The next 24 most popular included: fishing (188); boating (177); visiting park (176); biking (176); reading (174); outdoor swimming (163); concert (144); concert & theatre (128); camping (120); (indoor walking (114); playground equipment (113); golf (112); picnicking (107); indoor skating (105); visiting museum (99); ice fishing (95); playing music (92); fitness class (88); snowmobiling (88); bodybuilding/weight training (80); visiting museum (77); soccer (74) and sledding (73).
Less popular activities included listed on the survey included: woodworking (59); cross country skiing (54); downhill skiing (54); baseball (48); volleyball (44); summer youth camp (42); basketball (41); quilting (41); service clubs (40); continuing education (39); tennis (38); heritage arts & crafts (34); softball (33); senior social activities (33); church youth groups (31); horse riding (30); horse shoes (27); evening classes (23); gymnastics (22); archery (20); correspondence courses (19); martial arts (18); Sparks/Brownies (17); school intramural activities (11); T-Ball (three); and Cubs (zero).
Other activities households participated in over the last 12 months, but not listed on the original survey, included: curling (28); squash (16); bowling (11); skateboarding (eight); hunting (eight); library activities (seven); gardening (six); canoeing (five); indoor soccer (five); riding motorcycle (five); badminton (four); Rainy River Valley Field Naturalists (three ); Toastmasters (three); darts (three ); furniture restoration (three); volunteering (three); Eighth Street trails (three); tai chi (three); dance (two); chess (two); computer classes (two); scrapbooking (two); crafts (two); birding (two); Ultimate Frisbee (one); water polo (one); in-line skating (one); kayaking (one); snowshoeing (one); mushing (one); cards & bridge (one); Bingo (one); meetings (one); platform diving (one); going to farmers’ market (one); strength training for kids (one); music festival (one); and going to Curves for Women (one).
Of the additional facilities/activities those surveyed wanted to see in Fort Frances, a movie theatre here saw the most support, with 129 respondents wanting one, followed by walking/jogging trails, with 106 respondents.
The rest included: bike trails (91); nature trails (85); more public beaches (82); a water park (77); a skateboard/BMX park (74); mini-putt course (66); youth/teen centre (60); indoor walking track (60); improved swimming facility (58); indoor shopping mall (58); rock climbing (49); rollerblading/hockey facility (48); recreational dance classes (48); outdoor swimming pool (47); evening adult classes (44); street fairs (43); music festival (43); horseback riding (43); yoga (41); fishing facilities/boat rental (40); craft classes (40); indoor driving range (40); kids’ play structures (39); increased library services (38); amphitheater (38); after-school programs (35); cross-country ski trails (35); and visual arts/painting courses (35).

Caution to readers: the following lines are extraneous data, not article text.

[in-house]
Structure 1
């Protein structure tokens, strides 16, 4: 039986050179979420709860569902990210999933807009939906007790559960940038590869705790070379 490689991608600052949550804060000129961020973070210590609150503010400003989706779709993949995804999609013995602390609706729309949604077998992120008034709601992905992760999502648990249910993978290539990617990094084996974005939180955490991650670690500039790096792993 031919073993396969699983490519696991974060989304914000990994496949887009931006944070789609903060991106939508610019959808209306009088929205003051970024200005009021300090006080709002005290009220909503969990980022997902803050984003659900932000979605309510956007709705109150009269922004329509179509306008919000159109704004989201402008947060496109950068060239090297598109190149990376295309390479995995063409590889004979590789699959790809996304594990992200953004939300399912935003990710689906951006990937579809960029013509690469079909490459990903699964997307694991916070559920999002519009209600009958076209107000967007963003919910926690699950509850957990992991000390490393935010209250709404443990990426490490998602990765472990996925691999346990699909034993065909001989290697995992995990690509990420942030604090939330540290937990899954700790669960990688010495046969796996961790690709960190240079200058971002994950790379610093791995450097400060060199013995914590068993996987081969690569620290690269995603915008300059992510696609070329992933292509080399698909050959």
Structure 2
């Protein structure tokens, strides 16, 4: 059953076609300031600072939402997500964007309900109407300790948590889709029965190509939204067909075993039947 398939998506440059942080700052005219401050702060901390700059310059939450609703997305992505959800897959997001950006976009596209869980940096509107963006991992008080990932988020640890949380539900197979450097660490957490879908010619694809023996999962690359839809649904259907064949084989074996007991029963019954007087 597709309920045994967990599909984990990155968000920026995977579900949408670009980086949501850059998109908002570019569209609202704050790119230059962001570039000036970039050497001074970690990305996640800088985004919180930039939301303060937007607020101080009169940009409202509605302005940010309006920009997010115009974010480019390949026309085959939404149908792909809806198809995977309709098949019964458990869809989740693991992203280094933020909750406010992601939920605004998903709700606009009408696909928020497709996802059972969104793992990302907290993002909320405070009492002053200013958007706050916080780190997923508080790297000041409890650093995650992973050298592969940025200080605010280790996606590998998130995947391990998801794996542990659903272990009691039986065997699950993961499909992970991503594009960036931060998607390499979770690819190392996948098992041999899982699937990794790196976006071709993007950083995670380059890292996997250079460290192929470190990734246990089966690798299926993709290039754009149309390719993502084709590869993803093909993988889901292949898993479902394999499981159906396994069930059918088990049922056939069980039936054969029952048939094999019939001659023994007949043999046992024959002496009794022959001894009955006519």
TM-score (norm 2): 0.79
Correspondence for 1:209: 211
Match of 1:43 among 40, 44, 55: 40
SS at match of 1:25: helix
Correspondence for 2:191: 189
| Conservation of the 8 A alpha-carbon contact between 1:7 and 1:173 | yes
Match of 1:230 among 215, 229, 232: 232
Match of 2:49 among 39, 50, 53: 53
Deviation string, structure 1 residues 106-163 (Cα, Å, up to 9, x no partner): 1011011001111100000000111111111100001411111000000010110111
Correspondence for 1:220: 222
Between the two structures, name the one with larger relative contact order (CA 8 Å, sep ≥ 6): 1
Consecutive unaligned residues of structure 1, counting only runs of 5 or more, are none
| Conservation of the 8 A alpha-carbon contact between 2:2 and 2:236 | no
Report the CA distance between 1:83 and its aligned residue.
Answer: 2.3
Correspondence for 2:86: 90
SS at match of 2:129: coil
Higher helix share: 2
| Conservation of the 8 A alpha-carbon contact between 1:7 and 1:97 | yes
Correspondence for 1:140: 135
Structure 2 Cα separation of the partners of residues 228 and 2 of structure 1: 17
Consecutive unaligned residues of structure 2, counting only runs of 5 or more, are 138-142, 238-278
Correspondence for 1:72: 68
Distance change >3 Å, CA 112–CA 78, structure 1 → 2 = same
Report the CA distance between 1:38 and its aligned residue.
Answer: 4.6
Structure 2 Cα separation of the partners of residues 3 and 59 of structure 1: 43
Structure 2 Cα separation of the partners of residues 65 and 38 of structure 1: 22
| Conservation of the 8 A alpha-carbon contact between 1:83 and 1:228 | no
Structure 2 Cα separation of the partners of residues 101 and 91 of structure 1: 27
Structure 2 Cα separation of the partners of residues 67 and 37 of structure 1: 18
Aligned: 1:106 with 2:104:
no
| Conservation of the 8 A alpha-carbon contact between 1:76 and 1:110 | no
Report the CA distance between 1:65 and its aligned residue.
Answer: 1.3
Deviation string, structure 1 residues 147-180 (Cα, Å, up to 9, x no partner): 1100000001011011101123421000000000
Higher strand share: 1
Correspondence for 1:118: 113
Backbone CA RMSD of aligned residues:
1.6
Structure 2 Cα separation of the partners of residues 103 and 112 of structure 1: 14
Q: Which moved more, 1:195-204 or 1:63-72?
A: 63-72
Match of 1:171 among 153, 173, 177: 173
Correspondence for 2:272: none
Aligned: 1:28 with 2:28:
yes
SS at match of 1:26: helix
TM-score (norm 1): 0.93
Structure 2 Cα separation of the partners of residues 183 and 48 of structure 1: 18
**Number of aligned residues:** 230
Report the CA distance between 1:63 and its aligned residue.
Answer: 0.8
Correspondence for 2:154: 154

Somewhat less in demand were: parklands/campgrounds (34); summer kids’ programs (33); volleyball courts (33); snowboarding (33); basketball courts (29); photography club (29); social centre (26); gardening club (26); astronomy club (23); sewing club (22); more volunteering (22); mutli-cultural facility (22); water skiing (21); geneaology/family research (20); woodworking classes (20); parents and tots program (19); improved ice facility (19); birdwatching club (18); baseball/T-ball fields (16); model train club (15); martial arts (15) golf courses (13); motorcycle group (12); model cars/planes club (10); and a collector car club (10).  Four respondents wanted “nothing new” at all.
In households surveyed, the largest age group represented was 30-49 year-olds, followed by the 50-65 year-olds, and then six to 12 year-olds. The 66-85 year-olds ranked fourth, while 13-19 year-olds accounted for the fifth largest group.
Twenty to 29 year-olds were the third smallest group, followed by zero to five year-olds. No one over 85 was represented in the survey.
The age total per household ranged from about 30 years to over 200.
Those who turned in completed surveys last November were entered in a draw to win prizes of $250, $150, and $100 in Fort Frances Chamber of Commerce bucks. The draw was made at the Dec. 20 council meeting. The first-place winner was Cindy Yuill while Sherry Humphrey and Maureen Gustafson won the second- and third-place prizes.